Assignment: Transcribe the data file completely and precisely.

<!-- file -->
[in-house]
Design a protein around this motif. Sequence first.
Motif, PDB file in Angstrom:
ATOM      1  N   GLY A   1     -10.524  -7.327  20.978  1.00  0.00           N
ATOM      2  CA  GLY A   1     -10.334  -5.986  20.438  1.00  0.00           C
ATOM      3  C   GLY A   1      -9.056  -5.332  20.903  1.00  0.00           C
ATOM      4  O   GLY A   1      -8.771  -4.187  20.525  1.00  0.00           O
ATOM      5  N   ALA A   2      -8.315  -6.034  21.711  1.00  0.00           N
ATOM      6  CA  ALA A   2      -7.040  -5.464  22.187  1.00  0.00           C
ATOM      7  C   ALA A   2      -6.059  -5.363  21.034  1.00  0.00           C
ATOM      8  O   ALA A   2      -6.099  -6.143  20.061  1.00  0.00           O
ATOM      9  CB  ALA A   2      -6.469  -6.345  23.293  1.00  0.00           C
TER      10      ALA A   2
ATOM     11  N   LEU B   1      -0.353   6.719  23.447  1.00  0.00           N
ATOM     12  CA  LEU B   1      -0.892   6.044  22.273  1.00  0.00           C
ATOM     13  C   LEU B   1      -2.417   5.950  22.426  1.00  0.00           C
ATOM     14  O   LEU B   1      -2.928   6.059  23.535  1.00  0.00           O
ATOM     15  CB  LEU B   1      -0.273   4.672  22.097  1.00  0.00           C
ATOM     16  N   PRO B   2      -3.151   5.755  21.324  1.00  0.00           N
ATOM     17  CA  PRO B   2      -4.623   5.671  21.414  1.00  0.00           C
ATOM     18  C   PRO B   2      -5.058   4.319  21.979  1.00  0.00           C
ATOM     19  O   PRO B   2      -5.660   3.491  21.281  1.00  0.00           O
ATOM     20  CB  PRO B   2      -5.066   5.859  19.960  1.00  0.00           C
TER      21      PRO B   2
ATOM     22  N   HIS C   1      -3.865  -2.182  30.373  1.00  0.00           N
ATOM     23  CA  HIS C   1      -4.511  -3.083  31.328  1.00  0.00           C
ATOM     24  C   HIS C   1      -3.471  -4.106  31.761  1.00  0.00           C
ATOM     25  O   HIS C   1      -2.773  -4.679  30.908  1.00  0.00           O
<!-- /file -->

[in-house]
Design a protein around this motif. Sequence first.
Motif, PDB file in Angstrom:
ATOM      1  N   GLY A   1     -10.524  -7.327  20.978  1.00  0.00           N
ATOM      2  CA  GLY A   1     -10.334  -5.986  20.438  1.00  0.00           C
ATOM      3  C   GLY A   1      -9.056  -5.332  20.903  1.00  0.00           C
ATOM      4  O   GLY A   1      -8.771  -4.187  20.525  1.00  0.00           O
ATOM      5  N   ALA A   2      -8.315  -6.034  21.711  1.00  0.00           N
ATOM      6  CA  ALA A   2      -7.040  -5.464  22.187  1.00  0.00           C
ATOM      7  C   ALA A   2      -6.059  -5.363  21.034  1.00  0.00           C
ATOM      8  O   ALA A   2      -6.099  -6.143  20.061  1.00  0.00           O
ATOM      9  CB  ALA A   2      -6.469  -6.345  23.293  1.00  0.00           C
TER      10      ALA A   2
ATOM     11  N   LEU B   1      -0.353   6.719  23.447  1.00  0.00           N
ATOM     12  CA  LEU B   1      -0.892   6.044  22.273  1.00  0.00           C
ATOM     13  C   LEU B   1      -2.417   5.950  22.426  1.00  0.00           C
ATOM     14  O   LEU B   1      -2.928   6.059  23.535  1.00  0.00           O
ATOM     15  CB  LEU B   1      -0.273   4.672  22.097  1.00  0.00           C
ATOM     16  N   PRO B   2      -3.151   5.755  21.324  1.00  0.00           N
ATOM     17  CA  PRO B   2      -4.623   5.671  21.414  1.00  0.00           C
ATOM     18  C   PRO B   2      -5.058   4.319  21.979  1.00  0.00           C
ATOM     19  O   PRO B   2      -5.660   3.491  21.281  1.00  0.00           O
ATOM     20  CB  PRO B   2      -5.066   5.859  19.960  1.00  0.00           C
TER      21      PRO B   2
ATOM     22  N   HIS C   1      -3.865  -2.182  30.373  1.00  0.00           N
ATOM     23  CA  HIS C   1      -4.511  -3.083  31.328  1.00  0.00           C
ATOM     24  C   HIS C   1      -3.471  -4.106  31.761  1.00  0.00           C
ATOM     25  O   HIS C   1      -2.773  -4.679  30.908  1.00  0.00           O